The most common causes of security issues in today’s software are not inadequate network security, poor security protocols or weak encryption mechanisms. In most cases, they are the result of imperfectly written software that contains the potential for information leaks.
Users are able to exploit leaks and loopholes that are unintentionally introduced during programming, to obtain more information than they should have access to. Unauthorised users may also be able to manipulate sensitive information in the system, such as that contained in a database.
Currently, the most common method of preventing leaks, loopholes and manipulation is to rely on so-called code reviewers, who “proof-read” the code manually in order to identify errors and deficiencies once the programmers are finished with the code.
Paragon identifies potential information leaks while the program is being written
As a solution to these problems, Niklas Broberg has developed the programming language Paragon. The methodology is presented in his thesis "Practical, Flexible Programming with Information Flow Control" which was written in August 2011.
“The main strength of Paragon is its ability to automatically identify potential information leaks while the program is being developed,” says Niklas Broberg. “Paragon is an extension of the commonly-used programming language Java and has been designed to be easy to use. A programmer will easily be able to add my specifications to his or her Java program, thus benefiting from the strong security guarantees that the language provides.”
Two-stage security process
Niklas Broberg’s method has two stages. The first stage specifies how information in the software may be used, who should be allowed access to it and under what conditions. Stage two of the security process takes place during compilation, where the program's use of information is analysed in depth. If the analysis identifies a risk for sensitive information leaking or being manipulated, the compiler reports an error, enabling the programmer to resolve the issue immediately. The analysis is proven to provide better guarantees than all previous attempts in this field.
“Achieving information security in a system requires a chain of different measures, with the system only being as secure as its weakest link,” says Niklas Broberg. “We can have completely effective methods for guaranteeing the authentication of users or encryption of data, but which can be circumvented in practice due to information leaks. Security loopholes in software are currently the most common source of vulnerabilities in our computer systems and it is high time we take these problems seriously.”For more information, please contact: Niklas Broberg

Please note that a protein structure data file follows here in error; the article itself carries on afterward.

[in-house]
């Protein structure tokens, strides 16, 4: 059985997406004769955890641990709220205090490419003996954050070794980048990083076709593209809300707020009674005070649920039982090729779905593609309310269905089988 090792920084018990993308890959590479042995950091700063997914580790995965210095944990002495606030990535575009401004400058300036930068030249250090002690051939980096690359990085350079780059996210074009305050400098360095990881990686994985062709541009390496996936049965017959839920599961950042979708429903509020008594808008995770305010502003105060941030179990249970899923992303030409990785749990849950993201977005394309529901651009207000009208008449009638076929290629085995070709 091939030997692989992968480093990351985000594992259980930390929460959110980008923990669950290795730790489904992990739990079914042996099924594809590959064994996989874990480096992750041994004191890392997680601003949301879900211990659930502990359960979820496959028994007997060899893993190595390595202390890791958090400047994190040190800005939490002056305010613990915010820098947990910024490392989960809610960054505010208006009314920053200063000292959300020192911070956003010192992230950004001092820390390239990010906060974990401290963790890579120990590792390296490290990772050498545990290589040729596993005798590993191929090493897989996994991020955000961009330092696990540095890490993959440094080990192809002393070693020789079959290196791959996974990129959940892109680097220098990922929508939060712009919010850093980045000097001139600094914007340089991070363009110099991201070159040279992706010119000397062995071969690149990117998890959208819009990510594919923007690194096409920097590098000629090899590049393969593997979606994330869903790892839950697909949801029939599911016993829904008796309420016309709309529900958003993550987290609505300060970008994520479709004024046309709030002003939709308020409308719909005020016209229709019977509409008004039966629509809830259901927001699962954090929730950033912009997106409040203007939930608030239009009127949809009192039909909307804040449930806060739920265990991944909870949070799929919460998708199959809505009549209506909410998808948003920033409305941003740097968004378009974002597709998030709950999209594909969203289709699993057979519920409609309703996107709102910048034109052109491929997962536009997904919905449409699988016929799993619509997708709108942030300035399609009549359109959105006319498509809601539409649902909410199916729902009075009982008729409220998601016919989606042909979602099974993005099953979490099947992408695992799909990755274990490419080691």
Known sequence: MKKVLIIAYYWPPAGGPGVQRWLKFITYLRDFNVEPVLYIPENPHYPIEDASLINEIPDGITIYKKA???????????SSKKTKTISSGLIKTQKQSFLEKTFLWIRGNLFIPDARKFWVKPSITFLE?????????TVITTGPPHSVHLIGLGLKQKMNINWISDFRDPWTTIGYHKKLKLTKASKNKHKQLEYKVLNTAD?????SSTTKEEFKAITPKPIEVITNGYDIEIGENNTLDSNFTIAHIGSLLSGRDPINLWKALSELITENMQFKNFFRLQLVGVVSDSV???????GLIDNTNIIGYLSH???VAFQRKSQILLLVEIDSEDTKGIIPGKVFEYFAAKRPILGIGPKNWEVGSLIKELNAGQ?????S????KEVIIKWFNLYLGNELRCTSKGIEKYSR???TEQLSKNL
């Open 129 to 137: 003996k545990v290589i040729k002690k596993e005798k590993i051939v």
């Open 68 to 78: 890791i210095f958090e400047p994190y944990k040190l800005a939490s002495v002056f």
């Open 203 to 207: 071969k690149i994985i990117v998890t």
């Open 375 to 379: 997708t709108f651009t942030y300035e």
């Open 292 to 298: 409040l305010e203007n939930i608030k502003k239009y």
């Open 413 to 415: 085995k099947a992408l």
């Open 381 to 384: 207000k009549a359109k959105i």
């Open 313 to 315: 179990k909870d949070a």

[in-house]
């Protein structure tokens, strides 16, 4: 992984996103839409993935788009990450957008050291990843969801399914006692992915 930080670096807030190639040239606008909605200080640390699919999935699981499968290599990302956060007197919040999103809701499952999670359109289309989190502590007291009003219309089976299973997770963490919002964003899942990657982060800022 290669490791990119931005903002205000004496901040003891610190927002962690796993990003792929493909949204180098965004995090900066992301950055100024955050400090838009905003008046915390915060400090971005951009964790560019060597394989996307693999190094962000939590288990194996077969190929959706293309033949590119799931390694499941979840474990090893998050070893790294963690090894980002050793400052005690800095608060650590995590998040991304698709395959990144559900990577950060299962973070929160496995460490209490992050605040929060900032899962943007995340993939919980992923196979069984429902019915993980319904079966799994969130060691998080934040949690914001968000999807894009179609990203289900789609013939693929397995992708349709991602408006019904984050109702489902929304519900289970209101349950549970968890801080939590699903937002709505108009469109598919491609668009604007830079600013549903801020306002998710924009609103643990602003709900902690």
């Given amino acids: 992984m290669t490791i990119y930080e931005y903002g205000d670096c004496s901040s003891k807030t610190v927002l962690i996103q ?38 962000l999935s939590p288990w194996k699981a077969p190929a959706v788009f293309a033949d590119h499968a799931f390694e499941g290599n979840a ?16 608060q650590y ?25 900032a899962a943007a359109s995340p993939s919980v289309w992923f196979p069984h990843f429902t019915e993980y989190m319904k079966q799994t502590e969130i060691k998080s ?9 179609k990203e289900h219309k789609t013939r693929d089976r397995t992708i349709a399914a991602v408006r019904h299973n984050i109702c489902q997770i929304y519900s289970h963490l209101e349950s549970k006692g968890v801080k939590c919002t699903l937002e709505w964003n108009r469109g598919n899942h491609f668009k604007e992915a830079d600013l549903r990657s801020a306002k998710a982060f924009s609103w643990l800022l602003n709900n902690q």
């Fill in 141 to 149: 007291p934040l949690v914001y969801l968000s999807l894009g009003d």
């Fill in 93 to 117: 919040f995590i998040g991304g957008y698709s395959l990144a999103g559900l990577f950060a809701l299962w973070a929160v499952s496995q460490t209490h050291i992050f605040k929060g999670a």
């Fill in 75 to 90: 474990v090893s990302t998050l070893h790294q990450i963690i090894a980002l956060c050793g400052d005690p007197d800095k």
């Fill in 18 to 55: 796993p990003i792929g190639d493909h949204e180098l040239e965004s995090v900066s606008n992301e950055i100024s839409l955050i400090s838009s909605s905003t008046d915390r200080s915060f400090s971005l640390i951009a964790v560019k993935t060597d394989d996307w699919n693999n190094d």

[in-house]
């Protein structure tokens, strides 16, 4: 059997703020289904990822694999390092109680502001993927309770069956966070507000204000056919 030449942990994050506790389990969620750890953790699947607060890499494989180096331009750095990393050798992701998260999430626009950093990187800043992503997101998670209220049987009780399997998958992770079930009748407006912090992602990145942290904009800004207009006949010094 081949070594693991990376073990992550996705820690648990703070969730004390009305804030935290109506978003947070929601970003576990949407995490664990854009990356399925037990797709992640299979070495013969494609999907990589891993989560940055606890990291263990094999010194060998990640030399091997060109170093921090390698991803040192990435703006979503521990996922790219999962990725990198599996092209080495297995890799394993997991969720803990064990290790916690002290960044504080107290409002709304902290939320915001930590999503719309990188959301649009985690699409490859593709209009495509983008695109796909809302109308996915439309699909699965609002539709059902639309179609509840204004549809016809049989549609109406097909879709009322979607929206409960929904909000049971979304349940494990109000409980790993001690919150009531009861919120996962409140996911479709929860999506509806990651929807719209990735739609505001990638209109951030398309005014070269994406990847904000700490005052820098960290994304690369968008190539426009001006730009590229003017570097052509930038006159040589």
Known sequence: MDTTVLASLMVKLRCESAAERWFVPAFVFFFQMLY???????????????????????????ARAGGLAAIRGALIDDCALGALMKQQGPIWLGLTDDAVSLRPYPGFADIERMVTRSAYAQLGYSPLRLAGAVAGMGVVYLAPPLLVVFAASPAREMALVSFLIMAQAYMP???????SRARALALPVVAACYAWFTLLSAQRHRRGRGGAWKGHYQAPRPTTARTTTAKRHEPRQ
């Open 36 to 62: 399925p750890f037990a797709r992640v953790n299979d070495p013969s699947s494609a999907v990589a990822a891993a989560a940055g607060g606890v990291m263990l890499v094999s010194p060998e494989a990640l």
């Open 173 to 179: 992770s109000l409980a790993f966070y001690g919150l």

Color barcode becomes ISO standard
14.07.2020 | Fraunhofer-Institut für Sichere Informationstechnologie SIT
Virtual reality can assist with the evaluation of future transport concepts
13.07.2020 | Fraunhofer-Institut für Arbeitswirtschaft und Organisation IAO
Biochemists at Martin Luther University Halle-Wittenberg (MLU) have used a standard electron cryo-microscope to achieve surprisingly good images that are on par with those taken by far more sophisticated equipment. They have succeeded in determining the structure of ferritin almost at the atomic level. Their results were published in the journal "PLOS ONE".
Electron cryo-microscopy has become increasingly important in recent years, especially in shedding light on protein structures. The developers of the new...
New insight into the spin behavior in an exotic state of matter puts us closer to next-generation spintronic devices
Aside from the deep understanding of the natural world that quantum physics theory offers, scientists worldwide are working tirelessly to bring forth a...
Kiel physics team observed extremely fast electronic changes in real time in a special material class
In physics, they are currently the subject of intensive research; in electronics, they could enable completely new functions. So-called topological materials...
Solar cells based on perovskite compounds could soon make electricity generation from sunlight even more efficient and cheaper. The laboratory efficiency of these perovskite solar cells already exceeds that of the well-known silicon solar cells. An international team led by Stefan Weber from the Max Planck Institute for Polymer Research (MPI-P) in Mainz has found microscopic structures in perovskite crystals that can guide the charge transport in the solar cell. Clever alignment of these "electron highways" could make perovskite solar cells even more powerful.
Solar cells convert sunlight into electricity. During this process, the electrons of the material inside the cell absorb the energy of the light....
Empa researchers have succeeded in applying aerogels to microelectronics: Aerogels based on cellulose nanofibers can effectively shield electromagnetic radiation over a wide frequency range – and they are unrivalled in terms of weight.
Electric motors and electronic devices generate electromagnetic fields that sometimes have to be shielded in order not to affect neighboring electronic...
07.07.2020 | Event News
02.07.2020 | Event News
19.05.2020 | Event News
14.07.2020 | Information Technology
14.07.2020 | Life Sciences
14.07.2020 | Life Sciences